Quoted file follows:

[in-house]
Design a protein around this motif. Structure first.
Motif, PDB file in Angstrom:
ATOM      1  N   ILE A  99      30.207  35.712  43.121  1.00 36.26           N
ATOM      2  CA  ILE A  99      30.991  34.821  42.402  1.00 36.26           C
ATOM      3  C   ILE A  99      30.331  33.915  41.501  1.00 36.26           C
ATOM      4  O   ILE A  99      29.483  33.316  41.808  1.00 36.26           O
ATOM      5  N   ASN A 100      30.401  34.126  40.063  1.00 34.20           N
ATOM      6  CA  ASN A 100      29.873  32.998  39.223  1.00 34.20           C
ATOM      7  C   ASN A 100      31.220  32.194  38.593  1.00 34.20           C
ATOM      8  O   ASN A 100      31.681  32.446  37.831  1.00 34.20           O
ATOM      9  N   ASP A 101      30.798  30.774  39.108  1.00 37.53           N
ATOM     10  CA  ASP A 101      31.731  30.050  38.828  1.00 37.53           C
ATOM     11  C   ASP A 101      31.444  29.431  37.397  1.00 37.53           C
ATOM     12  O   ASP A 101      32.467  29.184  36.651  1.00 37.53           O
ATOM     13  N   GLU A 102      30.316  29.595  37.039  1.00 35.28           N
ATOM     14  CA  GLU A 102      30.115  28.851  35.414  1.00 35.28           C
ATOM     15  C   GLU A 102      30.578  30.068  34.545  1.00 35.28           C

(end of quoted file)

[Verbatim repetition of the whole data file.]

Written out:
[in-house]
Design a protein around this motif. Structure first.
Motif, PDB file in Angstrom:
ATOM      1  N   ILE A  99      30.207  35.712  43.121  1.00 36.26           N
ATOM      2  CA  ILE A  99      30.991  34.821  42.402  1.00 36.26           C
ATOM      3  C   ILE A  99      30.331  33.915  41.501  1.00 36.26           C
ATOM      4  O   ILE A  99      29.483  33.316  41.808  1.00 36.26           O
ATOM      5  N   ASN A 100      30.401  34.126  40.063  1.00 34.20           N
ATOM      6  CA  ASN A 100      29.873  32.998  39.223  1.00 34.20           C
ATOM      7  C   ASN A 100      31.220  32.194  38.593  1.00 34.20           C
ATOM      8  O   ASN A 100      31.681  32.446  37.831  1.00 34.20           O
ATOM      9  N   ASP A 101      30.798  30.774  39.108  1.00 37.53           N
ATOM     10  CA  ASP A 101      31.731  30.050  38.828  1.00 37.53           C
ATOM     11  C   ASP A 101      31.444  29.431  37.397  1.00 37.53           C
ATOM     12  O   ASP A 101      32.467  29.184  36.651  1.00 37.53           O
ATOM     13  N   GLU A 102      30.316  29.595  37.039  1.00 35.28           N
ATOM     14  CA  GLU A 102      30.115  28.851  35.414  1.00 35.28           C
ATOM     15  C   GLU A 102      30.578  30.068  34.545  1.00 35.28           C